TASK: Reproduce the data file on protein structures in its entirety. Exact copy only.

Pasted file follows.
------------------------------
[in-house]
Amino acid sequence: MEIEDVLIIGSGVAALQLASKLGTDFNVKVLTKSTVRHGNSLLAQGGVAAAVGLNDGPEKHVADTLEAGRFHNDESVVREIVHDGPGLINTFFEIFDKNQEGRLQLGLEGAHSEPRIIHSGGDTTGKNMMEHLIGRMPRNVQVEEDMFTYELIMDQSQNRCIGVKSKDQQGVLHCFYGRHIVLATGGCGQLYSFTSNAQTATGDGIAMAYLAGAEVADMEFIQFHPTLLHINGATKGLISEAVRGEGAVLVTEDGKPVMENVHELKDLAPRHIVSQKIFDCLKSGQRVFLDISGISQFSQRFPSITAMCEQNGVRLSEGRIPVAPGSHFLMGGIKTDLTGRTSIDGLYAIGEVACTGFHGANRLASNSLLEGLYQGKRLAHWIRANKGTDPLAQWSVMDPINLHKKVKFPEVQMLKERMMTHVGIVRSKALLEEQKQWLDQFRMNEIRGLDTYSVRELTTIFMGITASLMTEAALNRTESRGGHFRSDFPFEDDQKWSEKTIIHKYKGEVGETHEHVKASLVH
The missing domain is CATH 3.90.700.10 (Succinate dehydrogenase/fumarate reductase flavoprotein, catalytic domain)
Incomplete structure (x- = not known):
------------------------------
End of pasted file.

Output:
[in-house]
Amino acid sequence: MEIEDVLIIGSGVAALQLASKLGTDFNVKVLTKSTVRHGNSLLAQGGVAAAVGLNDGPEKHVADTLEAGRFHNDESVVREIVHDGPGLINTFFEIFDKNQEGRLQLGLEGAHSEPRIIHSGGDTTGKNMMEHLIGRMPRNVQVEEDMFTYELIMDQSQNRCIGVKSKDQQGVLHCFYGRHIVLATGGCGQLYSFTSNAQTATGDGIAMAYLAGAEVADMEFIQFHPTLLHINGATKGLISEAVRGEGAVLVTEDGKPVMENVHELKDLAPRHIVSQKIFDCLKSGQRVFLDISGISQFSQRFPSITAMCEQNGVRLSEGRIPVAPGSHFLMGGIKTDLTGRTSIDGLYAIGEVACTGFHGANRLASNSLLEGLYQGKRLAHWIRANKGTDPLAQWSVMDPINLHKKVKFPEVQMLKERMMTHVGIVRSKALLEEQKQWLDQFRMNEIRGLDTYSVRELTTIFMGITASLMTEAALNRTESRGGHFRSDFPFEDDQKWSEKTIIHKYKGEVGETHEHVKASLVH
The missing domain is CATH 3.90.700.10 (Succinate dehydrogenase/fumarate reductase flavoprotein, catalytic domain)
Incomplete structure (x- = not known):